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Trump’s new envoy to Japan wants auto trade deal

Kenneth Weinstein (Photo from Hudson Institute website)

By Ken Moriyasu, Nikkei Asian Review chief desk editor


NEW YORK — U.S. President Donald Trump’s new envoy to Tokyo wants to advance the bilateral trade deal to “phase two” and include autos in the discussions, he said on Wednesday.


In testimony before the Senate Foreign Relations Committee, Kenneth Weinstein, the president and CEO of Washington think tank Hudson Institute, said that making further progress on trade issues with Japan is critical.


“We’ve had the phase one agreement and the digital agreement, but we really do need to go further, particularly in the auto sector,” the ambassador-to-Japan-designate said.


Weinstein’s words may raise fears in Tokyo that the Trump administration will use the threat of auto tariffs to secure favorable conditions for the U.S. in terms of auto trade.


In a 2018 agreement with South Korea, the Trump administration succeeded in doubling the annual quota of cars produced by American companies under U.S. safety standards that South Korea must accept into its market to 50,000 per automaker.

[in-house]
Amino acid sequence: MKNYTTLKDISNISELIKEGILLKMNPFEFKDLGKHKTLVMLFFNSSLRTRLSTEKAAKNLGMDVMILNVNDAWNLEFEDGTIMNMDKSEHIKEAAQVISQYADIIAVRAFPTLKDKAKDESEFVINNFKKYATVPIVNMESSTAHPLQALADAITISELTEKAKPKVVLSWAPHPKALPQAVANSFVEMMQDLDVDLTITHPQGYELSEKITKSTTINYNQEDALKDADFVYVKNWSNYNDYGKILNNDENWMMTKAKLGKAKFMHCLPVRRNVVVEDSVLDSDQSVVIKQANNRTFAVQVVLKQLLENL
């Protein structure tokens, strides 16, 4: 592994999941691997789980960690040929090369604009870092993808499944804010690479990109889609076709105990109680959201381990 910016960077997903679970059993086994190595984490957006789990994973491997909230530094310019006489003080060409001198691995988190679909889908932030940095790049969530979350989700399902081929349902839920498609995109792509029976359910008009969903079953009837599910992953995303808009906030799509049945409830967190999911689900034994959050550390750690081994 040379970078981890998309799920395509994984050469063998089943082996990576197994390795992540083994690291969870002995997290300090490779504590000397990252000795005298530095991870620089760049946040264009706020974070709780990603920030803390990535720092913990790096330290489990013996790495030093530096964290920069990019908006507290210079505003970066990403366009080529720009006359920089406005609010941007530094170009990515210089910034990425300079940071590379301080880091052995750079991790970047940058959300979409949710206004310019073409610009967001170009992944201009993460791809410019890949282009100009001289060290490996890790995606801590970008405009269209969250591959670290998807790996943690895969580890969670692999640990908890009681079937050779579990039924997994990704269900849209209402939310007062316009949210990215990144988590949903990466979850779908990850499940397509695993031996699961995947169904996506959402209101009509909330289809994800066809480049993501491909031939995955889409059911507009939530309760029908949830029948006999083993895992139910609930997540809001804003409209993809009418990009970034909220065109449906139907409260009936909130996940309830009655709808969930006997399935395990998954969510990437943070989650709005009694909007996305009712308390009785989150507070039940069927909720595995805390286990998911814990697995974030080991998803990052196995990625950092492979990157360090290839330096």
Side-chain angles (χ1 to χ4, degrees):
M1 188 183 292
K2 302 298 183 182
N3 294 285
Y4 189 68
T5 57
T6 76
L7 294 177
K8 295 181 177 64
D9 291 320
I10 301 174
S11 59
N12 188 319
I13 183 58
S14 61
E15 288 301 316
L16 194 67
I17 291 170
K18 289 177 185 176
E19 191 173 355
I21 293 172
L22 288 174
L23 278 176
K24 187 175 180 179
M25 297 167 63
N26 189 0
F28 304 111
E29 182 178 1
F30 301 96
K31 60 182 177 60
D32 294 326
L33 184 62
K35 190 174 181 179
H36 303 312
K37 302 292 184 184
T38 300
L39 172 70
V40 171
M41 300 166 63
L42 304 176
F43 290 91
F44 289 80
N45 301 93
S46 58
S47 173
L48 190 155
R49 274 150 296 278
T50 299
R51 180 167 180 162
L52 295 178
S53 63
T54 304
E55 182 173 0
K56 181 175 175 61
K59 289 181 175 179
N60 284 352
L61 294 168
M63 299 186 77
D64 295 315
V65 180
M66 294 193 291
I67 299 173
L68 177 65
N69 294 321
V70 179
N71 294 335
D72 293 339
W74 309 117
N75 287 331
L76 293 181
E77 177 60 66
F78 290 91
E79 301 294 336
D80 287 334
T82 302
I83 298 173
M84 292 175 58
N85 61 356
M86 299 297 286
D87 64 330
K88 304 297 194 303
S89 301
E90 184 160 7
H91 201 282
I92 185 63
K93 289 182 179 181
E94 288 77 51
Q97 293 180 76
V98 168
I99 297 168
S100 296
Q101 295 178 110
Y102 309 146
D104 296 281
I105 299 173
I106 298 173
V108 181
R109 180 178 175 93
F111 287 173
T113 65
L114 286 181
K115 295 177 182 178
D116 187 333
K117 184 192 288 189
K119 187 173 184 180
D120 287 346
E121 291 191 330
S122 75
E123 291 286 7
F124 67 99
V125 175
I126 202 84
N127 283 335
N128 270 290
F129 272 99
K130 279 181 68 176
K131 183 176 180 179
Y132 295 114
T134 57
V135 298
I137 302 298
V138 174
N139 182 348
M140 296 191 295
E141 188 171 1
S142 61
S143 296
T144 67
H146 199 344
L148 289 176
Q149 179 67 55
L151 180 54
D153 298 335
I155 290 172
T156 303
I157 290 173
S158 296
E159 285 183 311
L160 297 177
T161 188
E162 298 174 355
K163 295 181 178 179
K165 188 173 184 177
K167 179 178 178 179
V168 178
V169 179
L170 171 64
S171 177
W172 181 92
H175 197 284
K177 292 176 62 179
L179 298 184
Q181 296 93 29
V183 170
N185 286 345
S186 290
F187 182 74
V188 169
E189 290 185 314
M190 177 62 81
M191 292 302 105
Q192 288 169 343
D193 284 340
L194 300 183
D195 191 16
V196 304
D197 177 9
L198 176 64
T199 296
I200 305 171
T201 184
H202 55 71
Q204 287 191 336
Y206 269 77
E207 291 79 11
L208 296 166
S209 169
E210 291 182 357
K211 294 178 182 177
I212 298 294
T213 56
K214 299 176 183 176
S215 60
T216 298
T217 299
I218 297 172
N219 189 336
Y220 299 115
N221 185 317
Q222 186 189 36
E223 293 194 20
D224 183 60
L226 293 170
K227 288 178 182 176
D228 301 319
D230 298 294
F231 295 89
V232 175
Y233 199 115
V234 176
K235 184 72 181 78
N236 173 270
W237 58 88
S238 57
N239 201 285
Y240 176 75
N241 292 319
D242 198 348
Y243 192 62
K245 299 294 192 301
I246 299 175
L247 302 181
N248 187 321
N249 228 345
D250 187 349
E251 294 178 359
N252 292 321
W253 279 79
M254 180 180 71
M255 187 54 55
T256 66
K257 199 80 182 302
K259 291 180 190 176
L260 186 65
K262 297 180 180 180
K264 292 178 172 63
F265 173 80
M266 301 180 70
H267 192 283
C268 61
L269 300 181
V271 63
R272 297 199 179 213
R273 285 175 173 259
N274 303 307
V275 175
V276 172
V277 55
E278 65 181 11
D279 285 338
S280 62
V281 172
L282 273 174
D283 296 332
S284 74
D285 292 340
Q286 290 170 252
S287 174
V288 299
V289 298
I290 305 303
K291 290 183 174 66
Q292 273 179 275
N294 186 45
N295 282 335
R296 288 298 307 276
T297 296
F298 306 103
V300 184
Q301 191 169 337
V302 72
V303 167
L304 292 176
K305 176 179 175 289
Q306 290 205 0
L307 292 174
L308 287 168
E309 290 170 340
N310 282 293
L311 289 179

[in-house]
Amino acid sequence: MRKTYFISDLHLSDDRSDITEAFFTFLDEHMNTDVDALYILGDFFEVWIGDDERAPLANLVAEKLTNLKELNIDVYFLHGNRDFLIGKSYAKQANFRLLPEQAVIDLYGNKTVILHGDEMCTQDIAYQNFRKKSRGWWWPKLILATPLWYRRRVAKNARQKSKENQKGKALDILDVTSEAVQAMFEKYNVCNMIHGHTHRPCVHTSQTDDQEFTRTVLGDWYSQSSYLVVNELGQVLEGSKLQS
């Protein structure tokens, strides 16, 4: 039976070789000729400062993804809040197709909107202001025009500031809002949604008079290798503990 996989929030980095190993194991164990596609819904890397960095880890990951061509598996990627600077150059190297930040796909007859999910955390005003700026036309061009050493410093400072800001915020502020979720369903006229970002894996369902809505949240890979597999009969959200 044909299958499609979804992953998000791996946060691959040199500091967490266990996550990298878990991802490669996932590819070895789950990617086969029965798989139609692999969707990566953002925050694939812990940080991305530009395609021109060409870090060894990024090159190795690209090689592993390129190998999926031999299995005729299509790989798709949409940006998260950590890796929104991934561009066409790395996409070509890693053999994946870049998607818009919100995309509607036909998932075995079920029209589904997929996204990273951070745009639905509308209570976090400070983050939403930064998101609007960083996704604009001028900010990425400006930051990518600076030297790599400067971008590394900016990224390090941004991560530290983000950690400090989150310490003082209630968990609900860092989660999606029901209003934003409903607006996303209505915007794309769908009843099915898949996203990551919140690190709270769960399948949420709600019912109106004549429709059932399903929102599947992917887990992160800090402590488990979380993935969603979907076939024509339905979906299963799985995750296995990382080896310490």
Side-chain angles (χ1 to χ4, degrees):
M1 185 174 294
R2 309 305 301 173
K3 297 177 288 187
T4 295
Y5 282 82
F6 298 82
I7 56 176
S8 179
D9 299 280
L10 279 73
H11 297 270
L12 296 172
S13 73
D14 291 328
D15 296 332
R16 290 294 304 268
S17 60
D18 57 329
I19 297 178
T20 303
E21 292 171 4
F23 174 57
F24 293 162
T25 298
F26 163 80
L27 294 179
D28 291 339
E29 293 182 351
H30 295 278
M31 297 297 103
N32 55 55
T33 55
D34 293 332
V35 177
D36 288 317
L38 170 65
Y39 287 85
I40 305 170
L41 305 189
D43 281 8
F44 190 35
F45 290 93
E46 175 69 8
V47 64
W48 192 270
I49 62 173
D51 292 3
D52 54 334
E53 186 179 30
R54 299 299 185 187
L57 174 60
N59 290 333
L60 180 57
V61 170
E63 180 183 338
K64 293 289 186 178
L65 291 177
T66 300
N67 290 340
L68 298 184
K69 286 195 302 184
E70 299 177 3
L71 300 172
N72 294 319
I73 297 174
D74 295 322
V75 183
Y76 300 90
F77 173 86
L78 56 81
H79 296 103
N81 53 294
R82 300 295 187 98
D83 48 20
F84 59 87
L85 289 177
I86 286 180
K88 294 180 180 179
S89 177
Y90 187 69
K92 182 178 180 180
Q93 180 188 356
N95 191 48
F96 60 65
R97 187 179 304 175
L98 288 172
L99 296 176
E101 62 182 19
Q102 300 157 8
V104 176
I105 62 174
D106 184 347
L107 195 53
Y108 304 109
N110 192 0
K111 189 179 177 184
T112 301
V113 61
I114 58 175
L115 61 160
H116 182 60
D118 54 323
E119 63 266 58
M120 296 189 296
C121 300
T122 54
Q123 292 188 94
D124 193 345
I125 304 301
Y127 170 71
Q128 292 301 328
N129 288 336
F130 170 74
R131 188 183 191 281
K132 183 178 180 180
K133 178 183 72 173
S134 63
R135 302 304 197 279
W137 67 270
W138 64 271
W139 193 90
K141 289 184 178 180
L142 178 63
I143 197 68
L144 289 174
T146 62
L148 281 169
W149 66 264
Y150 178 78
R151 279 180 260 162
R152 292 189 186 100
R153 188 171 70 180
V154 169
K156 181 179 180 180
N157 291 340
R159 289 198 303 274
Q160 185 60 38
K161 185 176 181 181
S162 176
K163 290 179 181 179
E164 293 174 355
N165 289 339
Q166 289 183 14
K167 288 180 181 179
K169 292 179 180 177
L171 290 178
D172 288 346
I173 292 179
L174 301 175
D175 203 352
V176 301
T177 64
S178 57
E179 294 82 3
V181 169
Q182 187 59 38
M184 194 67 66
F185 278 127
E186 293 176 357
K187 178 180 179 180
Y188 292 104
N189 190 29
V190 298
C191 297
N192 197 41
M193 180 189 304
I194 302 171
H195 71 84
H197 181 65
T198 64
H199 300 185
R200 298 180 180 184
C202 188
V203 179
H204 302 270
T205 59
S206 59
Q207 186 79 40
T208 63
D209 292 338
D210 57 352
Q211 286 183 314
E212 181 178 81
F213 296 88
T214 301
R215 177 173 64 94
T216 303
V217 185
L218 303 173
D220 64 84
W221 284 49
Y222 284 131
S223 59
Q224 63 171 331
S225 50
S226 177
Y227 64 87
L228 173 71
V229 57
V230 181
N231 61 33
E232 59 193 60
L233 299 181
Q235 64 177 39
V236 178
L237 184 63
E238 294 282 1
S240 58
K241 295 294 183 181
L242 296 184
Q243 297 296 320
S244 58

Last year, Trump dangled the threat of an additional 25% tariff and quotas on foreign cars, citing the growth in such imports as a national security threat. So far, Japanese Prime Minister Shinzo Abe has succeeded in fending off these threats.


A 25% tariff could cost automakers such as Toyota Motor billions of dollars.


Meanwhile, on the security side, Weinstein made clear that he will encourage Japan to strengthen its defense capabilities and shoulder greater responsibility within the alliance with America.


“For six decades, the U.S.-Japan Alliance has served as the cornerstone of peace, security and prosperity in the Indo-Pacific region,” he said. “Japan hosts over 50,000 U.S. military personnel and advanced U.S. defense assets, including the U.S. 7th Fleet, enabling both countries to ensure peace and stability in the region and beyond.”


But as the two allies engage in a competition with China in the Indo-Pacific, “We all need to do more,” he said.


“We’re doing more, Japan needs to do more, and Prime Minister Abe understands this, he understands this well,” he added.


The U.S. and Japan are scheduled to discuss “host-nation support” — the money Tokyo pays to cover part of the cost to station American troops — in the coming months. 


The Trump administration has already demanded that South Korea increase its host-nation support fivefold to $5 billion a year, which Seoul has refused.


Former White House National Security Adviser John Bolton wrote in his recent book that the U.S. floated a proposal that Japan increase its roughly $2 billion annual host-nation support to $8 billion.


“Japan has certainly significantly increased its purchases of U.S. military equipment, whether it be F-35s, whether it be the Hawk Eye, whether it be Global Hawk,” Weinstein said. “And I’m optimistic we will come to some sort of fruitful conclusion for these host-nation support negotiations.” 

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